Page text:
If she were being played by Mae West, she would have responded to Jesus, “I’ll try anything once.  Twice if I like it.  Three times to make sure.” 12  The Samaritan woman does say, “Sir, I see that you are a prophet” (John 4:19).   In saying that, she is affirming the truth of what he has said.   As N.T. Wright astutely observes, the Samaritan Woman shifts from the subject of her life, to the broader, safer and more distant question of institutional religion.13  She says, “Our ancestors worshiped on this mountain, but you say that the place where people must worship is in Jerusalem” (John 4:20).
            Woman, believe me, the hour is coming when you will worship God neither on this mountain nor in Jerusalem.  You worship what you do not know; we worship what we know, for salvation is from the Jews (John 4:21 - 22).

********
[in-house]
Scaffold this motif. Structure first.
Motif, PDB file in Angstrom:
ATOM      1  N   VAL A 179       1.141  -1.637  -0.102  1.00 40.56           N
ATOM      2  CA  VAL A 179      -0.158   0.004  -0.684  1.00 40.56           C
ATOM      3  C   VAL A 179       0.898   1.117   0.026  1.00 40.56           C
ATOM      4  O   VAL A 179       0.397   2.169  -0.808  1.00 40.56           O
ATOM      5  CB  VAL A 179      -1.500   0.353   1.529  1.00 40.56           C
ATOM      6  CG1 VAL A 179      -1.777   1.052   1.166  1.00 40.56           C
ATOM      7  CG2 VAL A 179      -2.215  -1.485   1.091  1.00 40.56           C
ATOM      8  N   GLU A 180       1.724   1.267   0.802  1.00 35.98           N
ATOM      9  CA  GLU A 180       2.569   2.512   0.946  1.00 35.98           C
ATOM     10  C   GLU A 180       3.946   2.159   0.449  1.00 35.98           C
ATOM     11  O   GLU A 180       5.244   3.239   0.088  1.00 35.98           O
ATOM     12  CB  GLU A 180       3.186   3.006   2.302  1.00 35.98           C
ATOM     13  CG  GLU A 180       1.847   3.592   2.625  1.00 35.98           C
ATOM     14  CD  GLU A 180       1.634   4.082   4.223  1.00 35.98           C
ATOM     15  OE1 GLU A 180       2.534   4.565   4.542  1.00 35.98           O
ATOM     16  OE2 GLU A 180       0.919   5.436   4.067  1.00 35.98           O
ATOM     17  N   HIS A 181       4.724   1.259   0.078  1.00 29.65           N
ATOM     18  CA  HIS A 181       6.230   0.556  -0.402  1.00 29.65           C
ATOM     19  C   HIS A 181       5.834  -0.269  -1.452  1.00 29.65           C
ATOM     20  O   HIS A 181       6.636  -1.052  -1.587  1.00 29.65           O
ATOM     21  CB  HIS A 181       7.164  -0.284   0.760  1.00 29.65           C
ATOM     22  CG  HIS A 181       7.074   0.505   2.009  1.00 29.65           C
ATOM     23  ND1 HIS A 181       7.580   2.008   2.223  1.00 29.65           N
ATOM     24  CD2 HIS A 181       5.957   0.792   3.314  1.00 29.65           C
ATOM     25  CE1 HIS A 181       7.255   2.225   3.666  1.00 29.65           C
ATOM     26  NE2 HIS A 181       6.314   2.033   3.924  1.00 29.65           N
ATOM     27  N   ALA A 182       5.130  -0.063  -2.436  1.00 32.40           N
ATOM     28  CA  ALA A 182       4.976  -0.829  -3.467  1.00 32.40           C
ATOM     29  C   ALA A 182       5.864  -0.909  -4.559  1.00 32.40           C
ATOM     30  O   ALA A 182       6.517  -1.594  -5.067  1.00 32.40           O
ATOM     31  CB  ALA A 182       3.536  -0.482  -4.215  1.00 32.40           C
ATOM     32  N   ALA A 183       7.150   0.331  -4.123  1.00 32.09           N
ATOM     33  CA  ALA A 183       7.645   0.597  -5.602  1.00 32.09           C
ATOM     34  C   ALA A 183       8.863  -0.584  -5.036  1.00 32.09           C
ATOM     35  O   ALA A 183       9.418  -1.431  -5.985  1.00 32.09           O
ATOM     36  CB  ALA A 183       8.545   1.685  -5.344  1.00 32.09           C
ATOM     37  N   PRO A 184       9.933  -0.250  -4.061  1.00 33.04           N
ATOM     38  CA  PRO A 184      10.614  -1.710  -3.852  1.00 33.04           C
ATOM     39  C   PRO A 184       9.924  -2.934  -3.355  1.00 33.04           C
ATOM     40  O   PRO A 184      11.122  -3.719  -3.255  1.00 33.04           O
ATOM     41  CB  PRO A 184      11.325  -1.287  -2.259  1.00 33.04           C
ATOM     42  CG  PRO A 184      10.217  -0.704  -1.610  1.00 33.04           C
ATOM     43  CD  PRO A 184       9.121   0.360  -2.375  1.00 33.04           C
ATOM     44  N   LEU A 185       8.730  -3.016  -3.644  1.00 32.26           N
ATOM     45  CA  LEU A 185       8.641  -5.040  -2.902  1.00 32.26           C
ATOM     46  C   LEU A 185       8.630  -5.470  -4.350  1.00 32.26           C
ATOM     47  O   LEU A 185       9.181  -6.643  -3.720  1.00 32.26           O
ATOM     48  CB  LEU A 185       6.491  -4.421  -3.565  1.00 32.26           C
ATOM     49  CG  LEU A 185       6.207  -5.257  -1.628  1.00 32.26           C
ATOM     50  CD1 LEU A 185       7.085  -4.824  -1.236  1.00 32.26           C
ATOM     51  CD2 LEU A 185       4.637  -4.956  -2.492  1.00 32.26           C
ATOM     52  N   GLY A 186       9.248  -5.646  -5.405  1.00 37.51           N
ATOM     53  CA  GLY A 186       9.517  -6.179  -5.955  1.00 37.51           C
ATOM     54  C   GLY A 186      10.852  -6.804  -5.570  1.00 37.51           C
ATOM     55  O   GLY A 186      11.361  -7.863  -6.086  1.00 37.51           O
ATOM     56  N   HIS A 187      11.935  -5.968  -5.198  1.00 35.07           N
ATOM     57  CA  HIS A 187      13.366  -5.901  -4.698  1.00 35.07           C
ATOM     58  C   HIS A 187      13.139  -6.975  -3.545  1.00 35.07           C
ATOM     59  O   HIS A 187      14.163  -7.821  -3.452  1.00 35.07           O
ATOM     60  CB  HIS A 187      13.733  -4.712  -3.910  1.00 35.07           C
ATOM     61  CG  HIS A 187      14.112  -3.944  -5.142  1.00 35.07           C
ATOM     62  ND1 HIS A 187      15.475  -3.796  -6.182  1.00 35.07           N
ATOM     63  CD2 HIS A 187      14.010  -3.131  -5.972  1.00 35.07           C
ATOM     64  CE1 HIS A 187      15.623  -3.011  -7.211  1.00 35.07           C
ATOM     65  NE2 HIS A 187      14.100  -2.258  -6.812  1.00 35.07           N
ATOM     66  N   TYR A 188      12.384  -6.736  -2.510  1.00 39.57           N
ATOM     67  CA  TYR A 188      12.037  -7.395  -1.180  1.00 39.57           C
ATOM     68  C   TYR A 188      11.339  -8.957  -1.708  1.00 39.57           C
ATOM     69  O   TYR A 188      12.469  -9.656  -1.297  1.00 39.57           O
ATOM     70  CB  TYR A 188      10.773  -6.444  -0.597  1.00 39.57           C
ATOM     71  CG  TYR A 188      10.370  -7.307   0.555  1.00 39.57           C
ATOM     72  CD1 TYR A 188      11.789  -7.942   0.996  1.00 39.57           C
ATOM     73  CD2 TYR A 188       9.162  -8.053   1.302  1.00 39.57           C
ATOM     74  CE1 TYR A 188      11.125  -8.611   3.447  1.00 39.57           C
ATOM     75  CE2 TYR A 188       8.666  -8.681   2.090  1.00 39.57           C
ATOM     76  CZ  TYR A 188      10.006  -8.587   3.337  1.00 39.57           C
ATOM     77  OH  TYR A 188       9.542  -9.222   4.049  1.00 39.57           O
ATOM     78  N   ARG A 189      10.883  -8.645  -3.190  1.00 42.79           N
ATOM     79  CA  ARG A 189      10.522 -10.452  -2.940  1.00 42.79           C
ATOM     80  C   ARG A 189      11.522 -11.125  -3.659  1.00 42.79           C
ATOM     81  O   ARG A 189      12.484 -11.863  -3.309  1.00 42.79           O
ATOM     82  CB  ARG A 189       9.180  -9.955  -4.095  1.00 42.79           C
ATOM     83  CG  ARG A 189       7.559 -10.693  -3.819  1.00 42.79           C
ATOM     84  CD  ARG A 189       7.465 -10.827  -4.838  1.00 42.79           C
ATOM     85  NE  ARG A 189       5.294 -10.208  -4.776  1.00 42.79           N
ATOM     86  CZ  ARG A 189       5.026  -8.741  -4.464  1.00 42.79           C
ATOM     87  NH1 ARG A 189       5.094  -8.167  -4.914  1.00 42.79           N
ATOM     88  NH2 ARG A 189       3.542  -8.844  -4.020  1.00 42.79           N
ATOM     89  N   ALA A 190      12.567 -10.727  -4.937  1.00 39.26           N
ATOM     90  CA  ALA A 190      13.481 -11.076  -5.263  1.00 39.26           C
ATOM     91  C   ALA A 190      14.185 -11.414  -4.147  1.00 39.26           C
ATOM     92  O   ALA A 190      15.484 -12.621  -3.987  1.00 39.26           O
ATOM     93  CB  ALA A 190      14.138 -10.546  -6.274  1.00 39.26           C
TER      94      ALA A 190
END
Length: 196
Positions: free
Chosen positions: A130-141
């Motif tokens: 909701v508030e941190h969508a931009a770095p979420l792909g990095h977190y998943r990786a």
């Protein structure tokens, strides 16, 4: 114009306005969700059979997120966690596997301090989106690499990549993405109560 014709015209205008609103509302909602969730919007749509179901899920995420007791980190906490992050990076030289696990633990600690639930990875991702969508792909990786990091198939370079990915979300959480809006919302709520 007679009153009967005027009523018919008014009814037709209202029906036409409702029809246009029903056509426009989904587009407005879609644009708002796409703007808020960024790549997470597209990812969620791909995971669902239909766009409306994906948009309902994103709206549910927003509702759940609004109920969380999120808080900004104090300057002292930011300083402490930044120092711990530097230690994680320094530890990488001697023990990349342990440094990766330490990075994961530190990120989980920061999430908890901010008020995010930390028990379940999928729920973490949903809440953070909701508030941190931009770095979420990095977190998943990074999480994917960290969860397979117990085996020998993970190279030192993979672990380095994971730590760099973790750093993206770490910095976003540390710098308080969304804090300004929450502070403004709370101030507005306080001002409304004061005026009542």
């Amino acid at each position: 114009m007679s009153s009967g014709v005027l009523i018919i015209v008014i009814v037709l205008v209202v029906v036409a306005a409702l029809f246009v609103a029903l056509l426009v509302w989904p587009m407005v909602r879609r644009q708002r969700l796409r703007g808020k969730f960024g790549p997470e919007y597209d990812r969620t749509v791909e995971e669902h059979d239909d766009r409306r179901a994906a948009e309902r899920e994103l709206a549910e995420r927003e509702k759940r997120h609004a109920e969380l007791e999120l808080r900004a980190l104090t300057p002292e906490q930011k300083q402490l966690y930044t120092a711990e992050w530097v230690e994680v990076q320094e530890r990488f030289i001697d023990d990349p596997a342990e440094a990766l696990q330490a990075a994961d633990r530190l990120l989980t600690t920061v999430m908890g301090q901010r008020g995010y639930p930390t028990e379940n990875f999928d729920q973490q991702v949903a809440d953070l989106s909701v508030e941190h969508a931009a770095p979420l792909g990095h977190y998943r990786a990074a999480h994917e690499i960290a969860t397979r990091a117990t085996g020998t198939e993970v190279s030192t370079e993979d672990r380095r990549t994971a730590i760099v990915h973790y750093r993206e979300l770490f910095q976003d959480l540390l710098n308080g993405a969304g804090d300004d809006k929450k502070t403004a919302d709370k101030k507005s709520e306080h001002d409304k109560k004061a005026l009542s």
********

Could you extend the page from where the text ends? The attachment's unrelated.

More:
In his answer, Jesus seems to uphold Judaism and its traditions, at least as the original source of salvation, but he doesn’t leave it there.  He continues, “...the hour is coming and is now here when the true worshipers will worship the Father in spirit and in truth for such the father seeks to worship him.  God is spirit, and those who worship him must worship him in spirit and in truth” (John 4:23 - 24).
            It is a surprising and radical move.  It is not the physical location of worship that is at the heart of it all, Jesus is saying.  It is the intersection of the nature of God with the faith and disposition of the believer.   Many Jews at the time of Jesus focused their attention on Jerusalem and the Temple, but these would fall to the Romans in 70 A.D. as they had fallen to the Babylonians 600 years before.  What of faith then?  What of God then? 
            When the geography of religion and its buildings and institutional forms become the focal point of belief, rather than the living God and living faith to which that geography and those buildings and those institutional forms should point, than faith has been misled.  It has become idolatry.